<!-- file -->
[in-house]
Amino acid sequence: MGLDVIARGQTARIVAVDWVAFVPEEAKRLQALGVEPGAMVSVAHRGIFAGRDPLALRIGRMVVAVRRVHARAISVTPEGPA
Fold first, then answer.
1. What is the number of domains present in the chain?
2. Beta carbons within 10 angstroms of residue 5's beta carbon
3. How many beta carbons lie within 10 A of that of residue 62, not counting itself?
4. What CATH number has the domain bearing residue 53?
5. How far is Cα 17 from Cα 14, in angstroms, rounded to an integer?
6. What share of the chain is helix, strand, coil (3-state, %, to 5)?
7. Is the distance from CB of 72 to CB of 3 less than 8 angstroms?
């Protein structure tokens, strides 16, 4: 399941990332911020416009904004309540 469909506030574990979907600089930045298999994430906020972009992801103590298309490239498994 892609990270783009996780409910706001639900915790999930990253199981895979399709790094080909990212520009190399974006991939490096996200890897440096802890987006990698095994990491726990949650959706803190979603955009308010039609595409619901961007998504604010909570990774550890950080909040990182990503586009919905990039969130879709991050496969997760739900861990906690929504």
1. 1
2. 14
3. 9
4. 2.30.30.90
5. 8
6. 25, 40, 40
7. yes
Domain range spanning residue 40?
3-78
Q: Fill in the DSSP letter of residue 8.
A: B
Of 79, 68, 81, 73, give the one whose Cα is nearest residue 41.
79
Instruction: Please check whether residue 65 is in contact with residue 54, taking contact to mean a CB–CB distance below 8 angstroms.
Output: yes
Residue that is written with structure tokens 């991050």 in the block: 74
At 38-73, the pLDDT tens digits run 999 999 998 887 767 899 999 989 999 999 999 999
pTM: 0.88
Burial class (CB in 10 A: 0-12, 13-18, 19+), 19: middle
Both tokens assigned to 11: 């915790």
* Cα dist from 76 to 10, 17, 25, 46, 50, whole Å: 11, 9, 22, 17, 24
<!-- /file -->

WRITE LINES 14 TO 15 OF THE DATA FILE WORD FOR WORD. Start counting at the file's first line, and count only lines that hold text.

3. 9
4. 2.30.30.90